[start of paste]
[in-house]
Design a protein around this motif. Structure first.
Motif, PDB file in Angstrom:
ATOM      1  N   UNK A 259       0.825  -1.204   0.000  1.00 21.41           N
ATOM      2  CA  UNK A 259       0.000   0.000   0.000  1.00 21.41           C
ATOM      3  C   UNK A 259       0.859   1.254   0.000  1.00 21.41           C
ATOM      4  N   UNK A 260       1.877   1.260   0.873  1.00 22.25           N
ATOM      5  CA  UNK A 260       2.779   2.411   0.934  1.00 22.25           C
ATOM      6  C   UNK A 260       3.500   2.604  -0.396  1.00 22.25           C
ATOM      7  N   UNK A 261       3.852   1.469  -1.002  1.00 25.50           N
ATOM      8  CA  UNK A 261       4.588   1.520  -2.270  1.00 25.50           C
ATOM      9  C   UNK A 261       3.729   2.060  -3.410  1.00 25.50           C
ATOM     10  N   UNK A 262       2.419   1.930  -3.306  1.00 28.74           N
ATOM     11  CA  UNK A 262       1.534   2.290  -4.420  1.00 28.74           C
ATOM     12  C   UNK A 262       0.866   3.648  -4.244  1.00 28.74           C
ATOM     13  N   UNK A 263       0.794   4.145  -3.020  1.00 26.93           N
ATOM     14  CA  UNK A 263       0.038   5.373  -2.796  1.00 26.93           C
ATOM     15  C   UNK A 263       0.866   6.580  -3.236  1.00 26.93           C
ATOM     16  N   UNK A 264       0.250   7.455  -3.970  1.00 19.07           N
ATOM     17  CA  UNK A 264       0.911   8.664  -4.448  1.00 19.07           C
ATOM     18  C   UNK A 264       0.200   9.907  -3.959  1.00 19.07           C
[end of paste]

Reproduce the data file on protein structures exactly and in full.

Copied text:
[in-house]
Design a protein around this motif. Structure first.
Motif, PDB file in Angstrom:
ATOM      1  N   UNK A 259       0.825  -1.204   0.000  1.00 21.41           N
ATOM      2  CA  UNK A 259       0.000   0.000   0.000  1.00 21.41           C
ATOM      3  C   UNK A 259       0.859   1.254   0.000  1.00 21.41           C
ATOM      4  N   UNK A 260       1.877   1.260   0.873  1.00 22.25           N
ATOM      5  CA  UNK A 260       2.779   2.411   0.934  1.00 22.25           C
ATOM      6  C   UNK A 260       3.500   2.604  -0.396  1.00 22.25           C
ATOM      7  N   UNK A 261       3.852   1.469  -1.002  1.00 25.50           N
ATOM      8  CA  UNK A 261       4.588   1.520  -2.270  1.00 25.50           C
ATOM      9  C   UNK A 261       3.729   2.060  -3.410  1.00 25.50           C
ATOM     10  N   UNK A 262       2.419   1.930  -3.306  1.00 28.74           N
ATOM     11  CA  UNK A 262       1.534   2.290  -4.420  1.00 28.74           C
ATOM     12  C   UNK A 262       0.866   3.648  -4.244  1.00 28.74           C
ATOM     13  N   UNK A 263       0.794   4.145  -3.020  1.00 26.93           N
ATOM     14  CA  UNK A 263       0.038   5.373  -2.796  1.00 26.93           C
ATOM     15  C   UNK A 263       0.866   6.580  -3.236  1.00 26.93           C
ATOM     16  N   UNK A 264       0.250   7.455  -3.970  1.00 19.07           N
ATOM     17  CA  UNK A 264       0.911   8.664  -4.448  1.00 19.07           C
ATOM     18  C   UNK A 264       0.200   9.907  -3.959  1.00 19.07           C